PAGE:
The Courier News from Blytheville, Arkansas on September 6, 1954 · Page 2
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The Courier News from Blytheville, Arkansas · Page 2

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Blytheville, Arkansas
Issue Date:
Monday, September 6, 1954
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Page 2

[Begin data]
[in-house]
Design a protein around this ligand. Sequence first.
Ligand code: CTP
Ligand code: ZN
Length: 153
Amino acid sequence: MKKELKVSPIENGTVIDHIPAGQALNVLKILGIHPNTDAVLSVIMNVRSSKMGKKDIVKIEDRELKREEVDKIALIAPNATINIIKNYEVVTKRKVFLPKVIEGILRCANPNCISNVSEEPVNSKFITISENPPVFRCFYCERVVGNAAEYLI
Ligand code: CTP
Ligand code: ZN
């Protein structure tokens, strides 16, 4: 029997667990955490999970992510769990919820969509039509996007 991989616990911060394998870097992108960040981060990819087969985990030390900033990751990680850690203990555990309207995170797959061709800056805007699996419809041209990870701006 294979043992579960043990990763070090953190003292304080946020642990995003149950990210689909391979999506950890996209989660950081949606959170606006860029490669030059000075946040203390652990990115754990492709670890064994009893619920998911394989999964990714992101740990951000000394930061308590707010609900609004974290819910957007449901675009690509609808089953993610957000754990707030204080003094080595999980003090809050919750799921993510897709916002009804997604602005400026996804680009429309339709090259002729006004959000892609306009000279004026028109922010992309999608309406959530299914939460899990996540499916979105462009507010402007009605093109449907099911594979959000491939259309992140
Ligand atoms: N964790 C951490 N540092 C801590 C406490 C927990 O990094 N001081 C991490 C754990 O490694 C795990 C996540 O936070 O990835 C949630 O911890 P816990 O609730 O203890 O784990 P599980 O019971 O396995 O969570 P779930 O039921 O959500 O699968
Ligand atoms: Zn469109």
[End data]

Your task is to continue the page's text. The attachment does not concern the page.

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PAGE TWO BLYTHEVILLE (ARK.) COURIER NEWS MONDAY, SEPTEMBER 6, 1954 Presenting the 1954-55 Faculties in the Blytheville School District Sen/or High- Composing the BlytheviUe Senior High School faculty for the coining year will be (first row, left to right), W. D. Tommey. principal and mathematics: Robert G. McGraw, assistant prin- cipal and science; William H. McLeod, agriculture: Robert A. Lipscomb, band; Miss Cecil Cassidy, commerce; Joseph P. Sweat, Jr., distributive education and diversified occupations, and Miss Melba Marion, English and school correspondeni. Second row, left to right: Miss Gay Satterwhite, English; Thurman E. Rowlett, Jr., English and speech; Miss Luna B. Wilhelm, English; Miss Effie L. Terrell, guidance; Roy Owen Warford, industrial arts; Miss Martha Ashford languages, and Miss Fattye Bosson, librarian. Third row, left to right: Henry M. Austin, mathematics; Miss Frances Reid Bowen, mathematics: Mrs. Carolyn H Henry, choral music; Russell Mosley, physical education and coach; William H. Stancil, physical education and assistant coach; Mrs. Donna Mosley, physical education and Samuel Paul Price, science. Fourth row. left to right: Mrs. Lucille Queilmaiz, social science; Embry E. Wilson, social science: Mrs. Thelma Carlton, supervised study, and Miss Rosa Hardy, high school supervisor and psychology. Not pictured is Chester Johnston, commerce. Courier News Photos ^mlnistmtive: Administrative positions in, Blytheville School District No. 5 are held by ((front row. left to right) W. B. Nicholson, superintendent of schools; Miss Rosa M. Hardy, assistant superintendent and secondary school supervisor; Miss Winnie Virgil Turner, assistant sup- erintendant and elementary school supervisor; and W. Paul Pryor, School board president. Back row deft to right), R. A. Nelson, school board secretary; Alvin Huffman, Jr.. assistant board secretary; and Clarence Moore, board member. Junior High- The Blytheville Junior High school faculty for the coming year will be made up of first row. (left to right) Thomas A. Woodyard, Jr., principal and mathe- matician; Miss Avis Howard assistant principal and mathematics; Mrs. Margaret Bell, English; Miss Arden Ferguson. "English; Miss Dottie Whitsell, English, and Mrs. Charlene- Kinningham, home 'economics. Second row. (left to right); Mrs. Mary Emma Reed, mathematics; Mrs. Emma Jean Sweat, mathematics; Mrs. L. V. Wactor, mathematics; James R. Fisher, physical education and coach; Mrs. Marion McCaskill, physical education: Mrs. Marguerite Coppedge. supervised study, and Miss Elizabeth McCool, science. Third row, (left to right); Mrs. Thurman E. Rowlett. science; Miss Julia I. Brook, social science; Miss Monta Hughes, social science: and Miss Barbara Taylor, social science. Not pictured are Mrs. Robert I. Thompson, librarian: Mrs. Hernia Shepherd, mathematician, and Miss Lilian Shaver, science. Lange- The Lange Elementary School faculty for the coming year will be made up of (first row, left to right) Mrs. Julia S. Penn. principal and sixth grade; Miss Elizabeth Halstcad, first grade; Miss Alice Marie Ross, first grade; Mrs. Wanda Horner Johns, second grade; Miss' Rosemary Monaghan, second grade, and Mrs. Jewell Featherston .third grade. Second row, left to right: Mrs Dorothy G. Green, third grade; Mrs. Mary C. Crawford, fourth grade: Miss Florence Moore, fourth grade; Miss Dana Sue Dinkins, fifth grade; Mrs; Doris Slaughter, sixth grade, and Mrs. Velda Willingham, School for Exceptional Children. Central- The faculty of Central Elementary School for the coming year will be composed of (first row. left to right) Miss Sunshine Swift, principal and fifth grade; Miss Betty McLeod, first grade: Miss Barbara Monaghan, first grade; Mrs. Martha S. Buchanan, sec- ond grade; Mrs. Elizabeth Caffey, second grade, and Mrs. Elizabeth S. Gray, third grade. Second row. left to right: Mrs. June S. Packnett, third grade: Miss Aurita Ashford, fourth grade: Mrs. Mildred Stubblefield. fourth grade: Mrs. Rex Warren. fifth grade: Mrs. Lillian Prank, sixth grade, and Miss Yvonna Ann Wilson, sixth srade. Navy Crash Victims Sought NORFOLK. Va. iJP<—Search and* salvage operations were resumed ! •""• here today for the bodies of six of I LITTLE L/Z seven Naval reservists \vho perished when their R5D transport plane plunged into Chesapeake Bay. j One body was recovered shortly I after the crash Saturday night. No other bodies were found. The iden- I tity of the one recovered had not i been established. • j The plane, the Navy's four-engine j equivalent of the commercial DC6, i fell into the choppy bay ..off subur- i ban Ocean View only minutes after \ taking off from the Norfolk Naval | Aii- Station on the return flight to its home base at the South Weymouth Naval Air Station at Wey- : mouth. Mass. j -~.—...—.. i.—....- , , ,. The three crewmen of the plane j and two passengers were attached j other two men, both listed as pas- at the South Weymouth Nas. The ' sengers, were attached to the Na- val Air Station at Floyd Bennett Field, N. Y. High Illiteracy At the iime of the Communist revolution in Russia, illiterary ran as high as 90 per cent in some areas and rural populations could net follow the course of events, accordihg to the Encyclopedia Britannica. Read Courier News Classified Ads. A good TV' mystery would be one Vf-here it was impossible to detect the sponsor. ffiNEAS Air Show Ends Today on Tragic By ALF HALL some member of Maj. Armstrong's , can F86D Sabrejet last year. DAYTON, Ohio (.•? — The 1954 Na- ! familj on the basis of the record flier -set Friday. Joe Lynch, a spokesman tional Aircraft Show winds up today on a note of tragedy with a program dedicated to the memory j for the AF Department of Infor- of a pilot whose plane exploded m ! "nation, told newsmen the Air Capt. So'nne'riberg- will fly a North American F86H Sabrejet, the same model Maj. Armstrong: was flying when he crashed. In the only other major event a "ball of fire'' as he tried yes- i Force deeply regretted Maj. Arm- yesterday. 2nd Lt. William J terday for a new speed record, j strong's death. But. he said, pilots ; Knight of Mansfield. Ohio, and his Maj. John L. Armstrong. 32, ' Ia -<e a "calculated risk" in such , ; radar observer. 2nd Lt. William died in a crash shortly after the ' training- projects a.s air show par- j K. Sellers of Tulsa. Okla.. won Meal made from menhaden, one 01 the least known but most important species of commercial fish, is used for poultry and swine feed- in? Air Force announced that his name ! ticipation and "flying must go on." had gone into the record books j The first official report of the with a new record of 649.302 rn.p.h. : n sw speed record came about the the Allison trophy in a 10.000 altitude speed climb in 2 minutes 7 seconds. over a 500-kilometer closed course. ; time Ma J- Armstrong was in the j They flew a Northrup F89 Scor- The major, a Californian who i air - ^ s &id merely that weather | pion. lived at Fairborn, Ohio, set that ; conditions had changed since Fri-1 In the opening event Saturday. record last Friday. It exceeded j day and that his try for the rec-,'Capt. Edward W. Kenny Jr.. of the old record of 607.1 m.p.h. set j ord Sunday "will be in duplication i Van Dyke, Mich., won the Ben- last May by Capt. Anders Wester- j Unfavorable Conditions ' dix lr °P h y- He set A new s P eed lund of the Swedish Air Force. ! ,, rt , t , . ,, t \ record of 616.208 m.p.h. in a Cal- In Record Trv* j ' T P^vious effort !jf ^ t D m ht j an F84F In Record Try. , Temperature ai the time of the | Thunderst reak. He was making or preparing to i crash was estimated at around 99 ; . make—Air Forct authorities said j degrees. The high temperature was i they still were not certain which— j believed to create air conditions ' a try for a new record in the j unfavorable to high-speed flight. ; General Electric trophy event I The manner of the announcement j *y . ^% C*. "I when his F86H Sabrejet'crashed (and the successful try for the rec-! V OlG Wfl JlTIKC 10 miles north of the aircraft show ord in advance of the air show I OPENS 6:30 EACH NIGHT SHOW STARTS AT DUSK 2 SHOWS EVERY"~NIT"E! RAiN'oR' LAST TIMES TONIGHT Box Office Opens 6:45 Show Starts 7:00 p.m. Admission 15c & 35c At All Times LAST TIMES TONIGHT Double Feature First comoat photographer was Roger .renton, an Englishman, who photographed the Crimean War in 1855. MOX -Theatre- On West Main St. in Biytheville Show Starts Weekdays 7:00 Sat., Sun. 1:00 On Our Wide-Vision Metallic Screen AIR CONDITIONED FOR YOUR COMFORT LAST TIMES TONIGHT Double Feature & MAN-OH-MAN. WHAT A WOMAN! "•""• LAURIE ANDERS eiMS'dilv.: UNITED ARTISTS -AND- OLLAR Admission 50c Children Under 12 Free with Parents HEATWAVE With Alex Nicol & Hillary Brook METRO NEWS at Dayton's Cox Municipal Airport, \ led observers to believe there | Vandalia. The Air Force said Maj. might be a similar announcement ! Armstrong appeared early on the today in the Thompson trophy scene while anotho- event was in J event. progress and that he may have I That is the last major event on been making a preliminary run or (the show program, may actually have been on the There were reports, not con- first lap of the event in which he was the sole entrant. He had taken off around a 100 kilometer (61 mile) closed course and had passed home pylon on the first lap. The crash came about 27 seconds later. The cause was not determined. D. A. Roussau, a Tipp City, Ohio funeral director, said, "he just flew to pieces and scattered, all over the place." The Air Force said the G. E. trophy will be presented today to AKRON, Ohio (/P)—-Firestone Tire & Rubber Co. employes vote here today on an agreement to end a CIO United Rubber Workers strike which started Aug. 12. The 10.000 Firestone workers hen: and about 15,500 in seven other ci- firmed by any official source, that; ties are expe ctcd to give near unan- a new record already had been , :mm:s a pp r0 val to a proposed con- set for the event—a 100 kilometer, j lract which provides average pay closed course speed run. But Maj. i increases of 6'~ cents hourly *ver Lynch said "the show will go on as scheduled." Capt. Eugene P. Sonnenberg, 34, of the Air Proving- Ground Command Eglin Air Force Base, Florida', is scheduled as the lone participant for the Thompson trophy. The old record for the event was <?et here last year by Brig. Gen. J. Stanley Holtener at 690.1 m.p.h, Gen. Holtener flew a North Ameri- age hourly pay had been $2.10. The new contract, which the union said "adjusts 89 inequities," was agreed upon in Cleveland late Saturday night after weeks of negotiations. Other cities with Firestone plants ore DCS Moincs, Los Angeles, Memphis, Fall River. Mass.: Pottstown. Pa., and New Castle and Noblcs- ville, Ind. Relax In Air Conditioned Comfort Last Times Tonight TUESDAY and WEDNESDAY WARNE.J Er.cs. ?K-SCN $T»topHome SOUND J " RBC V1W.1NIA ftfcOWjR Admitted for 2 - 5(k Tickets DOUBLE FEATURE M-G-M pmrnt* K08ERT DOUGLAS -.,..., ....JOHN - HENRY 8LANKE wrn ABOVE AND BEYOND "Kansas City Confidential' 1 ROBERT TAYLOR ELEANOR With.John Payne & PARKER Colecn Gray ALSO CARTOON TUBS., WED.. & THURS Double Fcaiure ILUAKIS 'Vr^-TECHNICOLOR VICTOR g^ WALTER E& DAVID *i, lAM-rlOSEONlRIAN % ALSO SHORT TUBS. & WED. Double Feature —AND— Murder Stalks The Carnival M-G-M's GREAT DRAMA! _. JAMES jftNIT STEWART- LEIGH _ BQBIBT PALPH RYAN-MEEKER "LM&KEDSPUR -AND— k KM* mut mktfi frm ivm ti PLUS CARTOON